It’s very rare, for me, to find a game that immediately pulls my attention to the story it’s creating. Hellblade Senua’s Sacrifice accomplished that within the first 30 seconds. The slow rowing of the character through the gorgeous opening credits combined with the array of voices speaking to her was downright perfect. I was captivated and I had to know what happened next and as I came to realize I would be travelling into Helheim itself I had all the motivation I needed.
Hellblade is a journey
Once I got control of the character I realized everything I had been watching wasn’t a cutscene. That’s one of the things that really blew me away. The visuals are amazing and the animations feel very natural. Within the first few minutes of progressing forward I experienced some events that immersed me into the character’s psychosis. I felt uncomfortable progressing forwards, but strangely motivated to see what happens next. The voices you hear are important and give you ideas of how to proceed.
The first puzzle clued me in to how they are going to work. It was a simple shape matching puzzle but it wasn’t like finding a painting on a cave wall. I had to position my character correctly to make use of items in the scene to draw my shape. It’s like the art projects you’ll see in museums of sticks hanging from the ceiling that viewed in the correct angle make a picture. It was masterfully done and just adds a layer of game feel that many modern titles fail to capture.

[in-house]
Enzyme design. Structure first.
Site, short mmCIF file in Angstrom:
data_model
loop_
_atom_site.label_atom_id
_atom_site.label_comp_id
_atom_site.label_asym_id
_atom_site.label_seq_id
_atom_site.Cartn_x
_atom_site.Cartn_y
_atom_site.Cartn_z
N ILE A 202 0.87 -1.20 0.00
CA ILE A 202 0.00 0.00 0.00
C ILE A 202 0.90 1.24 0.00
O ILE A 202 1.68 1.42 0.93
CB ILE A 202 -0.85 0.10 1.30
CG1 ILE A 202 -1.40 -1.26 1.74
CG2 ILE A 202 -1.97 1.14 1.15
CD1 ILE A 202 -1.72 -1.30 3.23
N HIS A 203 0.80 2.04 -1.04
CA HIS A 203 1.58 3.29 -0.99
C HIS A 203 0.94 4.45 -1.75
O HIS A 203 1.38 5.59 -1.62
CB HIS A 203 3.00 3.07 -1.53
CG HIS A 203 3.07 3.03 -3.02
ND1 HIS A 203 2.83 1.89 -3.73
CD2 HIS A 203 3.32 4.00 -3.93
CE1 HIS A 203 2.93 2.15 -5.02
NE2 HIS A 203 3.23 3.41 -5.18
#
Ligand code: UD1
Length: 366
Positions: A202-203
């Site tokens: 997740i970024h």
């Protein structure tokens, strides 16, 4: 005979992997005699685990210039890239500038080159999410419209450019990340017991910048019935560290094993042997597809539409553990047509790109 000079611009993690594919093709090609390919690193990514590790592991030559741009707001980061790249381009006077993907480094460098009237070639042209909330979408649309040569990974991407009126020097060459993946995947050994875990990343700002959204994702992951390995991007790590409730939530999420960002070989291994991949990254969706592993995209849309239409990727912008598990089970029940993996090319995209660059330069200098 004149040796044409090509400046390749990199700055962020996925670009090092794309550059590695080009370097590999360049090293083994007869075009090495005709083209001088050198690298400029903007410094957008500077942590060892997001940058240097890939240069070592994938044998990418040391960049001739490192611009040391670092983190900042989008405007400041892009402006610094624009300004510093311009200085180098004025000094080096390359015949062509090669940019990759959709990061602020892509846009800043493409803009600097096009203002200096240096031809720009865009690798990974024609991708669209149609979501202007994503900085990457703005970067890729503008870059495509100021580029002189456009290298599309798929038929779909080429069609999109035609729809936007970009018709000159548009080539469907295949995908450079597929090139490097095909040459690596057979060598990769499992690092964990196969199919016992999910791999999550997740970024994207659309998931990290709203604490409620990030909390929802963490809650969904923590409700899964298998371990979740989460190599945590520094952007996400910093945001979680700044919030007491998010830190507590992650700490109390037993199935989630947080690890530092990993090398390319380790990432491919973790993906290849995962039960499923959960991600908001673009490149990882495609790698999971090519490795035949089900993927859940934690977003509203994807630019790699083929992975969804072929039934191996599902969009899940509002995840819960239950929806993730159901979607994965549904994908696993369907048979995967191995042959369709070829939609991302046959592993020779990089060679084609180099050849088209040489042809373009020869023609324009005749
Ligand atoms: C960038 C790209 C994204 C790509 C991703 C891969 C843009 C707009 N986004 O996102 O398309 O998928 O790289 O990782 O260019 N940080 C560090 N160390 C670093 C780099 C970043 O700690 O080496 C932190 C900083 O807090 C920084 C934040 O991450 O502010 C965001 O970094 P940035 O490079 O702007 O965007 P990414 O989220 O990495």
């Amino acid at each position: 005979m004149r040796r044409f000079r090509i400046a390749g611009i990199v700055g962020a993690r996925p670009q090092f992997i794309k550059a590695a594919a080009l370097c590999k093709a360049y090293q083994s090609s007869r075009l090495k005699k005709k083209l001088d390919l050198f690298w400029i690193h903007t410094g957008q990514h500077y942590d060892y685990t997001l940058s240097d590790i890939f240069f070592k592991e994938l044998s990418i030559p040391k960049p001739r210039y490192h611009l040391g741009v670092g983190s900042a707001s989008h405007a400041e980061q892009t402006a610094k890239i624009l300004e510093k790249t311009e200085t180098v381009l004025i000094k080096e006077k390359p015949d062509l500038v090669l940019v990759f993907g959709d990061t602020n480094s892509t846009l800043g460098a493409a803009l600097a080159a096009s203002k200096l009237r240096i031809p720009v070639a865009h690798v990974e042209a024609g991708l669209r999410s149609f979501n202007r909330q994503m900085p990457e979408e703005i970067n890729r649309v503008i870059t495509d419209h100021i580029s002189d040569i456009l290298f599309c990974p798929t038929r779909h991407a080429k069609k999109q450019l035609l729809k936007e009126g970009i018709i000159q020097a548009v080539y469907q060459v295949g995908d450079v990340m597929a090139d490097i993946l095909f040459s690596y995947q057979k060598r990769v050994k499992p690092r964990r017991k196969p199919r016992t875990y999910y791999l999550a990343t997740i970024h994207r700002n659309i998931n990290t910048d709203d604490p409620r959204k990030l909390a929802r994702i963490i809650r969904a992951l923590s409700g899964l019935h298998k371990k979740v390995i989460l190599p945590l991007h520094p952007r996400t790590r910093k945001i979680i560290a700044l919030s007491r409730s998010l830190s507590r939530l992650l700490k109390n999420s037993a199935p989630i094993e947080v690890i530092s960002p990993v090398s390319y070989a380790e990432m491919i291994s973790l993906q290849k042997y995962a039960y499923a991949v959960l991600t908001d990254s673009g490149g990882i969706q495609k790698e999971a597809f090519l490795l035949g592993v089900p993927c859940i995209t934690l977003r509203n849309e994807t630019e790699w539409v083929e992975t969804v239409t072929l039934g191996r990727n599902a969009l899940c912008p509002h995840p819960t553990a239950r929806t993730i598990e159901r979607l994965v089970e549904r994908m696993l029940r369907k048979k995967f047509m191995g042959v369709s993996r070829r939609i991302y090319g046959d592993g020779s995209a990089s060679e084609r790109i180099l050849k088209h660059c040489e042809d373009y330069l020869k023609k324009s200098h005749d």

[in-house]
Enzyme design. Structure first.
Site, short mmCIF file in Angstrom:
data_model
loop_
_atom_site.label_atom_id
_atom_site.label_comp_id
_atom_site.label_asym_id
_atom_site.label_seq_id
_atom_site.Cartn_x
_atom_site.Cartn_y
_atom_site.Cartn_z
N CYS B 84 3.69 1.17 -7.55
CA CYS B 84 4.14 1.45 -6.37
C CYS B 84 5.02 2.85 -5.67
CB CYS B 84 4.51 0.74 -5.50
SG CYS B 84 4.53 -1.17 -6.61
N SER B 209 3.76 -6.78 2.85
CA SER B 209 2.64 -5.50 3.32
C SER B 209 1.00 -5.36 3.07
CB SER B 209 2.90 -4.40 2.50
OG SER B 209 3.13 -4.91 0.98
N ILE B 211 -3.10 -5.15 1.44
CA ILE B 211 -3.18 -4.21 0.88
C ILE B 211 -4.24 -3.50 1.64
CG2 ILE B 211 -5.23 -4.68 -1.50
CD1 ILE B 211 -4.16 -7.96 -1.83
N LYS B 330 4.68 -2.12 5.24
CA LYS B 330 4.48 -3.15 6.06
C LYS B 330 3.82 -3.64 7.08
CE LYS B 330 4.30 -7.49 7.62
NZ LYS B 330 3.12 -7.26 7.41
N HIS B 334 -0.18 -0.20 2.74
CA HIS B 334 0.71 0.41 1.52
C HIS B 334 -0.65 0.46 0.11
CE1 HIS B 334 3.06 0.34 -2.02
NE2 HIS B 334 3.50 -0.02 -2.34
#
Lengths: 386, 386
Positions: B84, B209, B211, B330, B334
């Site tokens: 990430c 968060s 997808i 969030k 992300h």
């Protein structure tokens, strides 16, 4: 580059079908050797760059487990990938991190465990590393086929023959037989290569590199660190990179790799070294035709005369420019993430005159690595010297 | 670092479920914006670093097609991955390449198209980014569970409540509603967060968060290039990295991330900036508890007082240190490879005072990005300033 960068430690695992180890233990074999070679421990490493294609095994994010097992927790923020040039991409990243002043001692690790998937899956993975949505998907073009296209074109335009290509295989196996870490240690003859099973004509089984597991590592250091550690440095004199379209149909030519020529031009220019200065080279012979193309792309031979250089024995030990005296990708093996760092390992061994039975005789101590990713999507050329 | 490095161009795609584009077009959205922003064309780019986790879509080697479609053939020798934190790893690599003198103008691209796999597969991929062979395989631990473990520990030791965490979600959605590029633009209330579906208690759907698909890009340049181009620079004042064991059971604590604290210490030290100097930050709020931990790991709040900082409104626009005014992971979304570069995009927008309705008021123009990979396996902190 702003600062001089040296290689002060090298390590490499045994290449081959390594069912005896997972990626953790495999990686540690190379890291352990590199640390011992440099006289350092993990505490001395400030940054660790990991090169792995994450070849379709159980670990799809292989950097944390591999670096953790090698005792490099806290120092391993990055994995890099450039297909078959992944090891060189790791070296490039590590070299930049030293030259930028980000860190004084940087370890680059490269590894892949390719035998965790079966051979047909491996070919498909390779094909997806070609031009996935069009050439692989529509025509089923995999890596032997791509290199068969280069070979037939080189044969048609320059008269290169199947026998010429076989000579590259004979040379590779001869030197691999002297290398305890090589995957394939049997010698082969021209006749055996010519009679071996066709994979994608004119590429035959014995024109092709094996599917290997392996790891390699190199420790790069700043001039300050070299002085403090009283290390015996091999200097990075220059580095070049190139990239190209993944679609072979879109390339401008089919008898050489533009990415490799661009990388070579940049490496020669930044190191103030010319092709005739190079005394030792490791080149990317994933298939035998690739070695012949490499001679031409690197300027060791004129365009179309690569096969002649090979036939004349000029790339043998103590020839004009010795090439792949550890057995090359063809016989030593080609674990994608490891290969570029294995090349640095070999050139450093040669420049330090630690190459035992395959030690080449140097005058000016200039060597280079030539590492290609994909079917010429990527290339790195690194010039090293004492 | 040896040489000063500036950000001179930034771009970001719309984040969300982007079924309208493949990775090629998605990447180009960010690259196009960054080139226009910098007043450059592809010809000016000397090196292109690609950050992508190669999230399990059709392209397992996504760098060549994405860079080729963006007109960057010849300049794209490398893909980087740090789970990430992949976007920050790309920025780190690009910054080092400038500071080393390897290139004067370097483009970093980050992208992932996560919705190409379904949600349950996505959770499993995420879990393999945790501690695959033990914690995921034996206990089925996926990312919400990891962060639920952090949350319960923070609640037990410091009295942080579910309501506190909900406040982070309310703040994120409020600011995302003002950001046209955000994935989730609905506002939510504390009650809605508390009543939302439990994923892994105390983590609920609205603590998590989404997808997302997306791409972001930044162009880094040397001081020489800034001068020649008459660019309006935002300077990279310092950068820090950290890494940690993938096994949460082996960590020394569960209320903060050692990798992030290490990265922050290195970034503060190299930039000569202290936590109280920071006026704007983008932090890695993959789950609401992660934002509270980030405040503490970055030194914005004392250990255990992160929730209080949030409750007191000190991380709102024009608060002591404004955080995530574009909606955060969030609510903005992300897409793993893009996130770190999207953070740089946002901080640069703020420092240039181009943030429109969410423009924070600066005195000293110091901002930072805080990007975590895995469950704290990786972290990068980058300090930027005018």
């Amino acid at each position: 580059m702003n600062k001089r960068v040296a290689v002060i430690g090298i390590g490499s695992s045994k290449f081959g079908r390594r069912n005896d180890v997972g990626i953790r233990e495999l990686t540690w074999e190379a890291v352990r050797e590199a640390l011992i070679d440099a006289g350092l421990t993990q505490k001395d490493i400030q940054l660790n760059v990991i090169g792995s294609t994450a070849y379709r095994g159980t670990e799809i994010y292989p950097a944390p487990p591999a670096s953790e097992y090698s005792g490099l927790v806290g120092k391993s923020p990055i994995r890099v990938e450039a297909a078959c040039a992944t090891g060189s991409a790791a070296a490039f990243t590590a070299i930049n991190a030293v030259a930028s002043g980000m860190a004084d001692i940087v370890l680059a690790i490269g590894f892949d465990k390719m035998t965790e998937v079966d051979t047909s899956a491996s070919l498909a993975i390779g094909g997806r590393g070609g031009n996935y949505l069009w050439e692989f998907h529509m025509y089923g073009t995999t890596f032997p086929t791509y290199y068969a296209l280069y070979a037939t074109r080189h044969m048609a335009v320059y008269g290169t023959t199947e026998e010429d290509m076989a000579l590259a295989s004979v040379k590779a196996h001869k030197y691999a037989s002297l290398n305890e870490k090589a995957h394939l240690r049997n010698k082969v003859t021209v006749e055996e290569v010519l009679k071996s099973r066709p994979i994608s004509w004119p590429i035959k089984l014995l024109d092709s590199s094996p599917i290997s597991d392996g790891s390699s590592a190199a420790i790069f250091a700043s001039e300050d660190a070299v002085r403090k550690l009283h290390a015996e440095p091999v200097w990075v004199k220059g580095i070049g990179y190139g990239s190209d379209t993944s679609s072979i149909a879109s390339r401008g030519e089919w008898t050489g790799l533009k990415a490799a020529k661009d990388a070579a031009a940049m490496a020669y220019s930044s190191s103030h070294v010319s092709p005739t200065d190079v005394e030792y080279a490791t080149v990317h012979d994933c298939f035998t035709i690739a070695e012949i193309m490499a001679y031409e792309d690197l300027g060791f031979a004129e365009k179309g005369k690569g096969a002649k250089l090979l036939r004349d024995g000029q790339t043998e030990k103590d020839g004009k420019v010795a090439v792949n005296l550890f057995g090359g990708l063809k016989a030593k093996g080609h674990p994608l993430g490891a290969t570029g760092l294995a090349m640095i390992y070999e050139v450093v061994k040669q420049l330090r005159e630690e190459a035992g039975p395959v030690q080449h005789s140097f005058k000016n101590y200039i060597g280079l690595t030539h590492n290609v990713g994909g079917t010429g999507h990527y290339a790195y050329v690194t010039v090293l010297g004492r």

The combat was another pleasant surprise – it was challenging and fun. Reminding me a little of Dark Souls, I found myself dodging left and right, jumping back, and furiously swinging my sword in the openings I created for myself. The enemies would sometimes block my attacks and sometimes they wouldn’t; it appears this is based on the difficulty you choose. Each enemy I killed would cause another to materialize behind me already in mid swing, so being vigilant in combat is a must. If you die it results in the progression of ‘rot’ on your character. Once that rot reaching Senua’s head, it’s game over and you lose all progress. Yes, that’s right, this game has a slightly forgiving form of perma-death. Getting skilled is a mandatory endeavour if you want to see the finale of the game and take my word for it, you do.
Overall I can’t recommend this game enough. I haven’t been invested in a game’s story since The Last of Us and it’s very refreshing to see a game do it right again. The balance of story, psychosis, combat, and puzzles are very well paced; I don’t feel fatigue from any one mechanic as the game progresses. I’m very happy with my purchase (we had no press keys) and for only $29.99 on Steam at the time of this writing it pays for it’s value in an amazing narrative experience.
Score – 9/10
- Gorgeous Graphics
- Unique puzzle experiences
- Engaging combat
- No guidance on controls outside manually looking at keybinds
- Long stretches without action can feel boring at times